Fayetteville on Friday put on its holiday season getup, switching on hundreds of thousands of lights around the downtown square. The event’s been plenty cold in past years, but this evening it was warm enough for T-shirts and shorts. Arkansas is part of the South, obviously, but it’s not so Southern that seeing a parade with Santa Claus with temperatures in the 60s is normal.
The temperature mismatch has corrected itself since Friday evening, but in my mind it does help show how we’re in a liminal, transitional time at the moment. It’s not quite winter, but more and more of the trees are bare. Some people have Christmas trees up while others won’t tolerate holiday music until after Thanksgiving, thank you very much. I’m still having a hard time believing it’s already the week of Thanksgiving at all.
We’ll snap out of it soon enough. In the meantime, I’ll take some advice from this lady: If you’re selling kettle corn, make sure you save some for yourself.
Thanks for looking.
More and more I wonder whether humans will survive themselves. Neo-Nazis, Puerto Rico, incomprehensible suffering in Myanmar and Syria, climate change and hunger, and then that nagging chance of nuclear war — it’s a damn matryoshka doll of global misery right now that is impossible to grasp. I’m fortunate to have a job where I can bring a little time and attention to some of these issues. It isn’t enough. Talking about the beauty and meaning in the world feels pretty trite and inadequate, and appreciating those things feels harder. I’m working at that appreciation and at my job. That’s what I got.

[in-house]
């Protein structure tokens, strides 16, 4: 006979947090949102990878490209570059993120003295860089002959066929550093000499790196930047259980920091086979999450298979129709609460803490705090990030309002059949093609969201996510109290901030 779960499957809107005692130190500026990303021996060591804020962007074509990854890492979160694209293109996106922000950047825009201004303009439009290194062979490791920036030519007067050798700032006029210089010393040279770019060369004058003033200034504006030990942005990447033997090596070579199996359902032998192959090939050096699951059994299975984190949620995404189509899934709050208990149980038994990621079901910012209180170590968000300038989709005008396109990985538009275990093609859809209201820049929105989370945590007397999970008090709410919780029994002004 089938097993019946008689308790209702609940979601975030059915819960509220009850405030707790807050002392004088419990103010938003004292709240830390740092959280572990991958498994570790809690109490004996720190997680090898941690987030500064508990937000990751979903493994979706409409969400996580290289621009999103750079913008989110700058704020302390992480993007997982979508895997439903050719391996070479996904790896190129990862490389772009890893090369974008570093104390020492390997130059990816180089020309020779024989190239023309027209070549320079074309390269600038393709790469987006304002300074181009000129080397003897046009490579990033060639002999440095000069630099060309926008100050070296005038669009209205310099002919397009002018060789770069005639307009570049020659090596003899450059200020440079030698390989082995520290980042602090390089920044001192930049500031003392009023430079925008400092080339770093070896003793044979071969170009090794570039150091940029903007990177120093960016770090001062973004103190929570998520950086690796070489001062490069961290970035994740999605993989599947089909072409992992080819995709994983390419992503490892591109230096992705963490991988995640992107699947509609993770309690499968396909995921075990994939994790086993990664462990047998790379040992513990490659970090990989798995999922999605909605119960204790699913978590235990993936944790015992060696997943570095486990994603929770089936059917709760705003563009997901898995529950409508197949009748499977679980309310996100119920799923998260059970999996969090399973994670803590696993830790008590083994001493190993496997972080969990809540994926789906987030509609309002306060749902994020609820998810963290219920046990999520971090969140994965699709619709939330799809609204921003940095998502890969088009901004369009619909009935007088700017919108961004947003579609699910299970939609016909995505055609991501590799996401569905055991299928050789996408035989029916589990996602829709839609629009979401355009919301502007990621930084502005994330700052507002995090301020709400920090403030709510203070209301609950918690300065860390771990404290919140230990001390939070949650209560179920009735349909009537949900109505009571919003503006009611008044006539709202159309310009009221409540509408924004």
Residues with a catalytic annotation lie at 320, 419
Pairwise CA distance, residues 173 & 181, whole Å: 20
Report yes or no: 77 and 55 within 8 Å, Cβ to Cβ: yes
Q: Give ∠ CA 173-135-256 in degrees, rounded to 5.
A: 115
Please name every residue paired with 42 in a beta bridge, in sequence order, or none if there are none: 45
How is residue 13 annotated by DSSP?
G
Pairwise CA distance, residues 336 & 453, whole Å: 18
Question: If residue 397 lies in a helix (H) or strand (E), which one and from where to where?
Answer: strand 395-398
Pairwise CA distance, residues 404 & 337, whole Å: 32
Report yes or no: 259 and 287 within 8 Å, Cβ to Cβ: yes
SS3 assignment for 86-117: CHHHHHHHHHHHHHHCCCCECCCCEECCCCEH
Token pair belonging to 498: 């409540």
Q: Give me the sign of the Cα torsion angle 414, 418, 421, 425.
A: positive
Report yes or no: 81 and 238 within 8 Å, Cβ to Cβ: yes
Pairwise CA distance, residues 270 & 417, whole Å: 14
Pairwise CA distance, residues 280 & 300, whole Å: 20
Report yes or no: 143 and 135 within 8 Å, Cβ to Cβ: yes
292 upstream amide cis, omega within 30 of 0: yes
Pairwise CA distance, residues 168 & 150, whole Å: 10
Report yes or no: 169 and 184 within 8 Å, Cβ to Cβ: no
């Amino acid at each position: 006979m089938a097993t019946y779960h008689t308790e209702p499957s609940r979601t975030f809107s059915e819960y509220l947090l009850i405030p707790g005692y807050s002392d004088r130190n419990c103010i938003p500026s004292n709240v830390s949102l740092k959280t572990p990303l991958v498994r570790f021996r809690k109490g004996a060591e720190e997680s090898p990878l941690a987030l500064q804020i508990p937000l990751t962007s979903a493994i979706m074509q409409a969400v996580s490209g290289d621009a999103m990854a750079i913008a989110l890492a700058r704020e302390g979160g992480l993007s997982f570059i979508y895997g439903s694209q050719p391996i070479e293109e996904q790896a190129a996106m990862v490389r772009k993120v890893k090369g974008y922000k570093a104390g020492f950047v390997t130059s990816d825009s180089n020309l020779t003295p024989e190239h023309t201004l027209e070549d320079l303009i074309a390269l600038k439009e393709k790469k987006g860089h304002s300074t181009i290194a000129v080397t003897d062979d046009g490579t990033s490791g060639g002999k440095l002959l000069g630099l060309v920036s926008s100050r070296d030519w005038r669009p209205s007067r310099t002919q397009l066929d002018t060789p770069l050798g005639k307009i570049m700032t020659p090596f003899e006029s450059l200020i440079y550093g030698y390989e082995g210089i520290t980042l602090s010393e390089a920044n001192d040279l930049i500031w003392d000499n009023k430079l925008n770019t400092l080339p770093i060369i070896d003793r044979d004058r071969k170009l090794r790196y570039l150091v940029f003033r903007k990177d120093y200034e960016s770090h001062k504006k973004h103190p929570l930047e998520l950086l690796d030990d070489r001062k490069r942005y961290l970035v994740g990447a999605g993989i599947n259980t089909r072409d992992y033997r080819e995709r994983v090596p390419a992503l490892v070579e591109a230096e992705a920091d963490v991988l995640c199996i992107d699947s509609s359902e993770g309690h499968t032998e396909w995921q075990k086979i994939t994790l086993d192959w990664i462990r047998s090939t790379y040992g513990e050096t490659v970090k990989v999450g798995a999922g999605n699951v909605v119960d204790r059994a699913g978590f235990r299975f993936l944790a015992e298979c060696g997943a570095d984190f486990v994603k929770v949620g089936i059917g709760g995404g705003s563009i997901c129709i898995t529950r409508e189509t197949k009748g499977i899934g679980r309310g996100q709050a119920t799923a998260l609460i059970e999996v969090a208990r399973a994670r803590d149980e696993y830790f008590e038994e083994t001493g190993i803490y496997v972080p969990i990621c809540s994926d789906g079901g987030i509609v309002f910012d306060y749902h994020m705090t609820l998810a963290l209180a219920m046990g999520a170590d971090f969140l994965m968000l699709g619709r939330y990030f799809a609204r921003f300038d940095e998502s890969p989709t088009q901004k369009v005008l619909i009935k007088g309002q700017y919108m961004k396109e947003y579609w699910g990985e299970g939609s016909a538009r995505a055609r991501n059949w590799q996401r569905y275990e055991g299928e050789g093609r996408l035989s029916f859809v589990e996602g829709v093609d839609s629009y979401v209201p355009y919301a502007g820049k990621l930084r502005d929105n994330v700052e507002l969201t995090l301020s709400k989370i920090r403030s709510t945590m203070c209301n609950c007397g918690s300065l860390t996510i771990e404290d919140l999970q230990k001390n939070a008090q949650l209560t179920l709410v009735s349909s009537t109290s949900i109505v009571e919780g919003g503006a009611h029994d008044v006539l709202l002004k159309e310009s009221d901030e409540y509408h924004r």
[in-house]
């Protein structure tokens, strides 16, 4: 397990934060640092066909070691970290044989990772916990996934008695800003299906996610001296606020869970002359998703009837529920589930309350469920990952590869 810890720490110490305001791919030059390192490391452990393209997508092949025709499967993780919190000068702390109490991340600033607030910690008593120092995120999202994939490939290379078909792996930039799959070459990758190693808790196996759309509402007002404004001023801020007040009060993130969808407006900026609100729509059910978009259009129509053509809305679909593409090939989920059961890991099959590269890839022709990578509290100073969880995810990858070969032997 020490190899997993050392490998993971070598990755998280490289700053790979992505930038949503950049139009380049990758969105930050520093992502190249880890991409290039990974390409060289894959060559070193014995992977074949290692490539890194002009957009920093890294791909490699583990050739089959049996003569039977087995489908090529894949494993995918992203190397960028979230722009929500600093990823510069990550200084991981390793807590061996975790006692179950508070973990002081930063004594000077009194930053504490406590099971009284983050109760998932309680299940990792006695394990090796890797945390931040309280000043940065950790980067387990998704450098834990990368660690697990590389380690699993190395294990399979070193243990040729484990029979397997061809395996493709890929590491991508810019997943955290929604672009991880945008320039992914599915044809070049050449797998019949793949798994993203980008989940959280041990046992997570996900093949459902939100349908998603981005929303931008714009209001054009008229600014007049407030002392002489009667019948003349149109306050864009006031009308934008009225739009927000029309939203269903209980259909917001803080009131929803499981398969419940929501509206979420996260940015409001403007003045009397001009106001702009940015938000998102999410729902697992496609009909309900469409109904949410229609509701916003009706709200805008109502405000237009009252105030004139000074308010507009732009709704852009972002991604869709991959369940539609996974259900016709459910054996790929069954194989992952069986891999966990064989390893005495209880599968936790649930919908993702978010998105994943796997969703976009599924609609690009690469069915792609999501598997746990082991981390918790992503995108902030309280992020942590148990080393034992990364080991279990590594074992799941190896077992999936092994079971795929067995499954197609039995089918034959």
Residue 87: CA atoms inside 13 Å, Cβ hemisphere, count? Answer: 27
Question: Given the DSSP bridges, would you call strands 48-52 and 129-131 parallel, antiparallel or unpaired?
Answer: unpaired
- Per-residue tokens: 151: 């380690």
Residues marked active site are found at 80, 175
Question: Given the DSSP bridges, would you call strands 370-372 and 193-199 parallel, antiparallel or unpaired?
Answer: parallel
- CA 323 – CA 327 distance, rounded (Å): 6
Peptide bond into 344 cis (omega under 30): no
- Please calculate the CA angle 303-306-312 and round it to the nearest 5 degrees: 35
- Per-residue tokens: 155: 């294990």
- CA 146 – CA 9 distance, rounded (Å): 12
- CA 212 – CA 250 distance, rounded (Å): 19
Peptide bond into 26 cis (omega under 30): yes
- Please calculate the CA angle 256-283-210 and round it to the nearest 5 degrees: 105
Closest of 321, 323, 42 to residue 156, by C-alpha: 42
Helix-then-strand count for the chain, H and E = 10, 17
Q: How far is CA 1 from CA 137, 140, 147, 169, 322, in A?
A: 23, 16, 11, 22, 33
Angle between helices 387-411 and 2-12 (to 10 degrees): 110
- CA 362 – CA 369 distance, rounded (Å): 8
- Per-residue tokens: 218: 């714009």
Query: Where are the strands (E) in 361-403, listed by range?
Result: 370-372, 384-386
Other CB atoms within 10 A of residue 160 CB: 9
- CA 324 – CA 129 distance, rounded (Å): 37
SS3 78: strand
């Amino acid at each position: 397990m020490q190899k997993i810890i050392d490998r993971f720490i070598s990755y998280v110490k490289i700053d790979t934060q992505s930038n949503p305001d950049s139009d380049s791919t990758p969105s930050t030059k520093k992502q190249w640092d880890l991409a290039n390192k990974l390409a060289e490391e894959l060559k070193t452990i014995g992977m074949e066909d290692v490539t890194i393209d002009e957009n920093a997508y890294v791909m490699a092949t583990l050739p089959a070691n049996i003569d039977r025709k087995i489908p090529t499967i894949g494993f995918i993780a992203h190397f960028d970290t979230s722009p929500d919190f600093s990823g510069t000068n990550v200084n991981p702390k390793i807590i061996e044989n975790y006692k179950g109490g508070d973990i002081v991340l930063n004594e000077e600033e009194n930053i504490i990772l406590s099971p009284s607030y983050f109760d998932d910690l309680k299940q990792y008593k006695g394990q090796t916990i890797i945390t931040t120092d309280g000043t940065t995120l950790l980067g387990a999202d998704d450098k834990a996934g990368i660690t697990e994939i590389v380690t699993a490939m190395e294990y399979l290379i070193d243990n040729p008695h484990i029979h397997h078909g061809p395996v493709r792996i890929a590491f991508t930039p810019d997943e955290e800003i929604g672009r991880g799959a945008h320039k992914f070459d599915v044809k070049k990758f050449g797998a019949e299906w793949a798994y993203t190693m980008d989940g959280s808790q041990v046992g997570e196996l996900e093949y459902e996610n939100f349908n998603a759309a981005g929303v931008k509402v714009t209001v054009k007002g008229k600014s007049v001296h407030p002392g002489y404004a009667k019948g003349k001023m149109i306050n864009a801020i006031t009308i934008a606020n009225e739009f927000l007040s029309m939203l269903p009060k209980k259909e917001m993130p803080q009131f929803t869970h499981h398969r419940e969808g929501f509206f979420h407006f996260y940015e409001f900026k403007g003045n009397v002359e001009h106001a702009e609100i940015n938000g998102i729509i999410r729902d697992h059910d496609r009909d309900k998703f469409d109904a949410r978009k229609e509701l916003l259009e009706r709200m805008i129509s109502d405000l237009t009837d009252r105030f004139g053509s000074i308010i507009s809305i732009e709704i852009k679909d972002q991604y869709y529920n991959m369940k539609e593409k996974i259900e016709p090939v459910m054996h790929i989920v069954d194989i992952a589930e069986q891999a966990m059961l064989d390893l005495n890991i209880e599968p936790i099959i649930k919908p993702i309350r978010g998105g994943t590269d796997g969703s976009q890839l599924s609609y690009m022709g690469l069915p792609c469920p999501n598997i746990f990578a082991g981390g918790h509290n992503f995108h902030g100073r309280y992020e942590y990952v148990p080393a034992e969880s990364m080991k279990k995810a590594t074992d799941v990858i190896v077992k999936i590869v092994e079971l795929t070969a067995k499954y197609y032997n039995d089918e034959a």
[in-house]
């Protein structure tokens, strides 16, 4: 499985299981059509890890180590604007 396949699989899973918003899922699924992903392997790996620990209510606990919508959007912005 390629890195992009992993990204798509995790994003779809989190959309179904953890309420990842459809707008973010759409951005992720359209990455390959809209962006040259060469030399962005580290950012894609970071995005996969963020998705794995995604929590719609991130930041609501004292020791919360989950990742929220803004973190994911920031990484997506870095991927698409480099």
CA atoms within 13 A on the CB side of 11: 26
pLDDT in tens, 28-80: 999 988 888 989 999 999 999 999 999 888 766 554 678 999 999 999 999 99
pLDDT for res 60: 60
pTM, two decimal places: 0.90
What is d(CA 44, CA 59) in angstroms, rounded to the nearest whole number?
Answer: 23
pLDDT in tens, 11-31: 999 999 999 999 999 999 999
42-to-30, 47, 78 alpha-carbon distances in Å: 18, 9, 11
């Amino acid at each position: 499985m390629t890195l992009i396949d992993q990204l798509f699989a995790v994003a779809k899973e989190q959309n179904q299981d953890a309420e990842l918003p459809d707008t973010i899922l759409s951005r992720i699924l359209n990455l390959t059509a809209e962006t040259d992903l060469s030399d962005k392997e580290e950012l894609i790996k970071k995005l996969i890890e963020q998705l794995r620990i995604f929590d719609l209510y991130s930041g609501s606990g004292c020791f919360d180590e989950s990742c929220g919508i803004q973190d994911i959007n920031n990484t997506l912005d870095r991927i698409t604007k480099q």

In that vein, last weekend brought a good dose of unabashed weirdness and occasional beauty from the annual Puppets in the Park at Fayetteville’s Wilson Park. The performance appeared on here once before. The show’s plot is always simple and wordless and political in some way. I was mostly there for the 20-foot white-cloth eagle and 10-foot sun getup, and the makeshift musical accompaniment.
Thanks for looking. Keep working.
Happy Hispanic Heritage Month from here in Fayetteville. The city’s Chamber of Commerce marked the occasion with a two-parter festival. The first part yesterday brought sunshine and Argentinian dance. The second part today was cut off by blustery winds and a strong afternoon downpour, but not before its parade had a chance to circle Fayetteville’s square.
The event was officially apolitical, but celebrating Hispanic heritage almost seems like a political statement in itself these days, given the intense focus on immigration and policy and our president. I wrote up an article for today’s paper about how deferred action for childhood arrivals, the Obama-era protection from deportation given to hundreds of thousands young immigrants, stands a decent chance of becoming a law in Congress now. We’ll see what comes of it.
Thanks, as always, for looking.